General Accepted Accounting Principles (GAAP)
Describes general accepted accounting principles (GAAP) and applies them to the financial statements of Western Digital and Toyota.
# 111613 | 1,085 words | 3 sources | MLA | 2009 |
Published on Jan 26, 2009 in Accounting (Financial) , Business (Accounting) , Business (Companies) , Business (Finance, Investment and Banking)
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This paper explains that general accepted accounting principles (GAAP) provide a consistent framework for the production and presentation of financial statements. The paper points out that GAAP provides easy interpretation and comparability of the statements between companies. The paper then analyzes Western Digital's annual report and projects that, because of its conservative outlook, the company will more likely spend its capital on organic growth or small acquisitions that will be easy to digest. Next, the paper reviews Toyota's annual report and surmises that the largest factor impacting US performance was an adjustment to meet a US accounting standard rather than any sort of sales or expense shift.
From the Paper:"The difference between current assets and liabilities, and non-current ones, is important to financial statements. This distinction relates to the two main components of a firm's financial situation - the overall situation and the short-term situation. The short term situation directly relates to a firm's liquidity and solvency, giving a picture of the firm's ability to survive in the near term. This is specific information, and not necessarily related to a firm's long-term health. Liquidity issues can cause problems even for a very healthy company."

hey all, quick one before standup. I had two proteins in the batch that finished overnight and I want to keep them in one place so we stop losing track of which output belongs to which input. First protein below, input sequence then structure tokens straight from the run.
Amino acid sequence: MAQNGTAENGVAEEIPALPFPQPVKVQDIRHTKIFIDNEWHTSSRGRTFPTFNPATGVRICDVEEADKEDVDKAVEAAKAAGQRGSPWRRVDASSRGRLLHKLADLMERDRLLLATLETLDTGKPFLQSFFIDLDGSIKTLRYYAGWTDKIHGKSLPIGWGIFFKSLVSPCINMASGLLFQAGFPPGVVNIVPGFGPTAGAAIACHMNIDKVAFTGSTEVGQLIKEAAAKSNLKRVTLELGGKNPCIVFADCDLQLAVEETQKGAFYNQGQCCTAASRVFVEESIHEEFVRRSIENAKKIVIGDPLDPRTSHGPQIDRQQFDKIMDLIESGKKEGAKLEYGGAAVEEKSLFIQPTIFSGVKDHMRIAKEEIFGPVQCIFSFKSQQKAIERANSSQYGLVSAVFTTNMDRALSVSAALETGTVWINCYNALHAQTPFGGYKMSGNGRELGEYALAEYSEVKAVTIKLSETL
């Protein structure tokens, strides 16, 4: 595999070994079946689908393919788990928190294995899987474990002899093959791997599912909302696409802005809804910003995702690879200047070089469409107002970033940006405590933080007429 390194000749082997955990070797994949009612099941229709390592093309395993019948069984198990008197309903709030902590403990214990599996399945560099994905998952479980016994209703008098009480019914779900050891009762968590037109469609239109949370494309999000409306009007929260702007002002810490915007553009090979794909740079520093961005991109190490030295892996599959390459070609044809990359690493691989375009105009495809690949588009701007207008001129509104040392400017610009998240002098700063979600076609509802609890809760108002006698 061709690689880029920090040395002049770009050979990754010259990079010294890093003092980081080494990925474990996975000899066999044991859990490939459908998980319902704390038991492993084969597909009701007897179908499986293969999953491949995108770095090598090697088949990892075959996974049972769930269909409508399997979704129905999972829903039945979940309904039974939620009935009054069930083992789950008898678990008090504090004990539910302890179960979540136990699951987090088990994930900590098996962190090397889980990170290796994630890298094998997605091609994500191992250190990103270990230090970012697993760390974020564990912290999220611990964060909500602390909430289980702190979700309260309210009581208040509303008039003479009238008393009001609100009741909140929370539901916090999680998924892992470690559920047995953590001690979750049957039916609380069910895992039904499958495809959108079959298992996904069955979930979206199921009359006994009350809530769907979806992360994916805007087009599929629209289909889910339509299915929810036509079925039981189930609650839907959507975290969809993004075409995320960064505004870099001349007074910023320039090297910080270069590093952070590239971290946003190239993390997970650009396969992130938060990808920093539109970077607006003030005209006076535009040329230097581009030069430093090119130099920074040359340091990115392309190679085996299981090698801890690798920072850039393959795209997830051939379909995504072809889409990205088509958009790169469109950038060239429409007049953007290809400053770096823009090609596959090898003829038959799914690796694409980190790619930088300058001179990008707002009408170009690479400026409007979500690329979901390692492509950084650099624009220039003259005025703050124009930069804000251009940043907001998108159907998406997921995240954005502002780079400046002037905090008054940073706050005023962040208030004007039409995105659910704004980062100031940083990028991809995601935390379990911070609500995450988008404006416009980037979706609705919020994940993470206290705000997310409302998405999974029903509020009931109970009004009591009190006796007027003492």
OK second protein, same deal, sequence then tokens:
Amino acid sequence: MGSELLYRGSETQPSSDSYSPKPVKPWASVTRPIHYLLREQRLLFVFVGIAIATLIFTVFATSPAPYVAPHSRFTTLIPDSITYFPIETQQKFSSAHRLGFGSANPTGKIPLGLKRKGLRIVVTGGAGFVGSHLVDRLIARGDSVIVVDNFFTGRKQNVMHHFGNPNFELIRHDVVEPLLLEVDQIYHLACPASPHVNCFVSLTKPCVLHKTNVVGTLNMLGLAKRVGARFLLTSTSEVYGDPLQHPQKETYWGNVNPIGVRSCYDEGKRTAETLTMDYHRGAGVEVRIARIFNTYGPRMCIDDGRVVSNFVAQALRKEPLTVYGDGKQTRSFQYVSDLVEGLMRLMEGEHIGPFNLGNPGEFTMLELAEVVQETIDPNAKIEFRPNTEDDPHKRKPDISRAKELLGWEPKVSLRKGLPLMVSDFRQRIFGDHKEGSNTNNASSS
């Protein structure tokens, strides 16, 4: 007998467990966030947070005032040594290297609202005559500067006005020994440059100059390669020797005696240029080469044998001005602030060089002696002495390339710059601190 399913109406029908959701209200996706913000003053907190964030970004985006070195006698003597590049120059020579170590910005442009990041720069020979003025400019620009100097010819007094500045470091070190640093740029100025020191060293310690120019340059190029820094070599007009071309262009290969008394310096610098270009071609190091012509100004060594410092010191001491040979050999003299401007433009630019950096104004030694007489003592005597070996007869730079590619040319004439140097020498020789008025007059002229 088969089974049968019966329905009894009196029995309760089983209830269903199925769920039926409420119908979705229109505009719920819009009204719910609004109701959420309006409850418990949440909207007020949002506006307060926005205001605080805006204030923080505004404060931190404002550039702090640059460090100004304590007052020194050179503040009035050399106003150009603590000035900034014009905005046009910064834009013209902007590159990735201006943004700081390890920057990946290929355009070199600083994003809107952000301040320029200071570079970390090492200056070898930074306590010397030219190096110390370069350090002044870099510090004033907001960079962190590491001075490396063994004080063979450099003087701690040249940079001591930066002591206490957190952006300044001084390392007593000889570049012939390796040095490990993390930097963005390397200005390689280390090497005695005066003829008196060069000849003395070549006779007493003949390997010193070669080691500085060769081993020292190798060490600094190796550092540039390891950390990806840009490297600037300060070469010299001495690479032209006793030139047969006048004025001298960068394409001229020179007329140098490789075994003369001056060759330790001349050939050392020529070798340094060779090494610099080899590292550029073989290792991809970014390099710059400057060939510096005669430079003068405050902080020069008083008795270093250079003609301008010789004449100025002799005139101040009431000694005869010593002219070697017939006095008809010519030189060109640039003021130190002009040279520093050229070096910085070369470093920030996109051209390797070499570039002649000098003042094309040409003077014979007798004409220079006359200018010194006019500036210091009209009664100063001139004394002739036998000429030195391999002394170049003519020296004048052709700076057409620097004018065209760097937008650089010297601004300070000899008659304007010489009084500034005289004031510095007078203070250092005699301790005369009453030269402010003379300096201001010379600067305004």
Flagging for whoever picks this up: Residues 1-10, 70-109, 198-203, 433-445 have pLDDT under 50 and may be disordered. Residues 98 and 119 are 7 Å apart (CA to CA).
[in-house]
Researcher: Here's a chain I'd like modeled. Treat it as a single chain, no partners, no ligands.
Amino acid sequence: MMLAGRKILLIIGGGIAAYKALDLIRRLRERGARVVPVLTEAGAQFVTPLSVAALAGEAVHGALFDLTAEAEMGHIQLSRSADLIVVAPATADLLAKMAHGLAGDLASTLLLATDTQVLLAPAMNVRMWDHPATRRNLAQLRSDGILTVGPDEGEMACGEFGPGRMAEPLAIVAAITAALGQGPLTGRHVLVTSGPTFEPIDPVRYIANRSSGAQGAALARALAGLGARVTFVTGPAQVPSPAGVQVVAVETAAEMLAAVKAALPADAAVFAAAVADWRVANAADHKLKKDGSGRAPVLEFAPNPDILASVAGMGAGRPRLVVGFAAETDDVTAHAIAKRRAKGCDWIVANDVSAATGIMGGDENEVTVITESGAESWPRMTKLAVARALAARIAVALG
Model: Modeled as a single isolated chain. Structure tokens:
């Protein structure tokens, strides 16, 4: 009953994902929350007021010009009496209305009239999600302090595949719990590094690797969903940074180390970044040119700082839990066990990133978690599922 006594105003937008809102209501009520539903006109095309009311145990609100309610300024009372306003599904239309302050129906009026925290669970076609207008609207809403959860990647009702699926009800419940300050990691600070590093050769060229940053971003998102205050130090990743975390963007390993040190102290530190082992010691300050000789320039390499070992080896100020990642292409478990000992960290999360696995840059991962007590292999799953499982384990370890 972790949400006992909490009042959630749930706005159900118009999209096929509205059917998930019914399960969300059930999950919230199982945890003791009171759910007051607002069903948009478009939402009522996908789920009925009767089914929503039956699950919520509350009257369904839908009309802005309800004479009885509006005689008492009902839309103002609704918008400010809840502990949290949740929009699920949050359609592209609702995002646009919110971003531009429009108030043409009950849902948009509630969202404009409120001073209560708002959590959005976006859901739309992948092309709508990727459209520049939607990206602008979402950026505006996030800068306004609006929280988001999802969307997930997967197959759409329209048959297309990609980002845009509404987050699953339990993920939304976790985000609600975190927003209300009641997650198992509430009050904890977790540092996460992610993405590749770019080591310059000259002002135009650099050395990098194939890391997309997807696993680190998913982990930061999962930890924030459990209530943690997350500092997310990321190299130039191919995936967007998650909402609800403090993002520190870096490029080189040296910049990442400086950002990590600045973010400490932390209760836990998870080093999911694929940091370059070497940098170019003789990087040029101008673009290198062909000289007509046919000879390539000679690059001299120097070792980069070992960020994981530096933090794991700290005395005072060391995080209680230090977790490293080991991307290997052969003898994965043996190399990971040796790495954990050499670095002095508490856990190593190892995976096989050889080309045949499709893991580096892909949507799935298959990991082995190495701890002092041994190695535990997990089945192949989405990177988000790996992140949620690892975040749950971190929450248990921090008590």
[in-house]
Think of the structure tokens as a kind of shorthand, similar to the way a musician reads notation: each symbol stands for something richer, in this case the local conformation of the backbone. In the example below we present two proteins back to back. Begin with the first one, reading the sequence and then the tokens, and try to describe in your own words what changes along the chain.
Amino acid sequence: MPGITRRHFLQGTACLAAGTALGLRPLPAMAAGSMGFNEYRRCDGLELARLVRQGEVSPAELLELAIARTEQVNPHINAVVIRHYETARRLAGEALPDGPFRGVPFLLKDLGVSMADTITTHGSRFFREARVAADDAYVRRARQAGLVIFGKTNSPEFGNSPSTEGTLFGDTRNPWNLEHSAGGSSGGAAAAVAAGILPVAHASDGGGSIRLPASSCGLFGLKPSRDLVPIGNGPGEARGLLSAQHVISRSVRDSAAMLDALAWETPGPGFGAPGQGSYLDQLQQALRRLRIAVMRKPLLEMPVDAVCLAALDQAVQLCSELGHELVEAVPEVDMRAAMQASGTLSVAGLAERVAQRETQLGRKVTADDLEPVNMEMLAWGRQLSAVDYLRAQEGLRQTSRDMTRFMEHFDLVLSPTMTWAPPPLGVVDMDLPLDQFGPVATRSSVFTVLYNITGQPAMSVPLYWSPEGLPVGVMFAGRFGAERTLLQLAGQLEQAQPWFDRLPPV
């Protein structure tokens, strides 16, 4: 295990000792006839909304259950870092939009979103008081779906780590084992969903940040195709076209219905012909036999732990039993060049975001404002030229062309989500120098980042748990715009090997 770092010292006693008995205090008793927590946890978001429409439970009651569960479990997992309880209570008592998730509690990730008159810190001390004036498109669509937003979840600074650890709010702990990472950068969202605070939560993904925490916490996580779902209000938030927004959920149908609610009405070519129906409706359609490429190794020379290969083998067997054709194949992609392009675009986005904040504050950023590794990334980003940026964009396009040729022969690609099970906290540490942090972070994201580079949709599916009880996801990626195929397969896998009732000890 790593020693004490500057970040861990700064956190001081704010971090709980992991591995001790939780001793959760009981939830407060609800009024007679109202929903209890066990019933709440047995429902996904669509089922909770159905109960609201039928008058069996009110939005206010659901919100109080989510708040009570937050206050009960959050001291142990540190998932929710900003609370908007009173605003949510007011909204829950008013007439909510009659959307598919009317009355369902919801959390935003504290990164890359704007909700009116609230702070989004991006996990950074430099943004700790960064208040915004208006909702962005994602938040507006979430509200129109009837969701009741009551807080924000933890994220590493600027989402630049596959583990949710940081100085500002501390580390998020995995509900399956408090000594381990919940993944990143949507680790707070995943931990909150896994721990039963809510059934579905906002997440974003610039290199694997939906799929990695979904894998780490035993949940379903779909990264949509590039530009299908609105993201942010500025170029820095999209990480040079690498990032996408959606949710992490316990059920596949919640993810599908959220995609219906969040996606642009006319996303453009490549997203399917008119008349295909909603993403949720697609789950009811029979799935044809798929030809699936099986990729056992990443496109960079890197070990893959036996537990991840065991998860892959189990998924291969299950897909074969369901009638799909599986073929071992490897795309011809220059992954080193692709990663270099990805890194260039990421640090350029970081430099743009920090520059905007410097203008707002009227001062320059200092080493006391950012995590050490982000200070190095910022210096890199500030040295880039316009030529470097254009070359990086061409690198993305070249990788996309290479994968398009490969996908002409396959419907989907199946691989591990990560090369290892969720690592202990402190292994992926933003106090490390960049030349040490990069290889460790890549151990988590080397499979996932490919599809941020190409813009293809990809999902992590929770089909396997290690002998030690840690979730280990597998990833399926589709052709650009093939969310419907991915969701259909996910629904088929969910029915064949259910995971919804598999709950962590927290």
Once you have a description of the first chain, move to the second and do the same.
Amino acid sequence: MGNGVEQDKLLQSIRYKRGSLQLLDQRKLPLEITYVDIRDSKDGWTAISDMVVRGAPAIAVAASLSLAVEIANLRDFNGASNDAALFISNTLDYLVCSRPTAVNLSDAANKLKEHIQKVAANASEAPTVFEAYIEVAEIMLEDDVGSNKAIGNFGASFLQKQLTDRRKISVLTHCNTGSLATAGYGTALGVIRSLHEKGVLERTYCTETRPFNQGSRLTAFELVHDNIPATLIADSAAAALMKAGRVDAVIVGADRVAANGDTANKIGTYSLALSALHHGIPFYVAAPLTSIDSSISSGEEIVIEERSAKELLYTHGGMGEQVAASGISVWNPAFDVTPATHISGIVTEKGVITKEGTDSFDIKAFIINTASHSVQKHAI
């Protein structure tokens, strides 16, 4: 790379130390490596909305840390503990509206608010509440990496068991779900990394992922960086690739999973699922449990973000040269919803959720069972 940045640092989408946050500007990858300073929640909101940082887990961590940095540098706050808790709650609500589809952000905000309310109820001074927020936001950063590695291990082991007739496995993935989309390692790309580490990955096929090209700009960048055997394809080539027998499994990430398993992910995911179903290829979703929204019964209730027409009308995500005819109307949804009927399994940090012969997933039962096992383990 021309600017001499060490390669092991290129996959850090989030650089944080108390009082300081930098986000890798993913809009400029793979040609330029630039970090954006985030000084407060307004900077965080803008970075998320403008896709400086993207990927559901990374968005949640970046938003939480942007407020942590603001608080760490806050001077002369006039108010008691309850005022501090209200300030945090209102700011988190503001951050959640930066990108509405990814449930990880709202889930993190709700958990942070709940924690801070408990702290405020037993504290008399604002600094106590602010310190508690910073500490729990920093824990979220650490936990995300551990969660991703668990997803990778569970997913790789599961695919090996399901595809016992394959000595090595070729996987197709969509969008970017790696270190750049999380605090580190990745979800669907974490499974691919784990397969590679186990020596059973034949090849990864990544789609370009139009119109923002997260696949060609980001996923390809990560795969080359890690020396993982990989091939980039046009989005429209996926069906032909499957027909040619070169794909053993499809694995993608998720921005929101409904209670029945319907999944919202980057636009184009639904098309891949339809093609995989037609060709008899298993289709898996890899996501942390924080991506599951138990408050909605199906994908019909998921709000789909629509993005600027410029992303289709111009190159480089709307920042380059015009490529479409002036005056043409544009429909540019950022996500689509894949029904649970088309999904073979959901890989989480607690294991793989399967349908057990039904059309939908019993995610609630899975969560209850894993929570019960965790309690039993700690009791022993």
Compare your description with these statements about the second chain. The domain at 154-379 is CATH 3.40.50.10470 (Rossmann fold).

Sample of Sources Used:
- Western Digital 2007 Annual Report and Form 10-K
- Toyota Financial Summary FY2008 Third Quarter
- Toyota's Statement of Cash Flows from Reuters, retrieved July 23, 2008 from http://www.reuters.com/finance/stocks/incomeStatement?stmtType=CAS&perType=ANN&symbol=TM.N
Cite this Analytical Essay:
General Accepted Accounting Principles (GAAP) (2009, January 26) Retrieved December 02, 2023, from https://www.academon.com/analytical-essay/general-accepted-accounting-principles-gaap-111613/
"General Accepted Accounting Principles (GAAP)" 26 January 2009. Web. 02 December. 2023. <https://www.academon.com/analytical-essay/general-accepted-accounting-principles-gaap-111613/>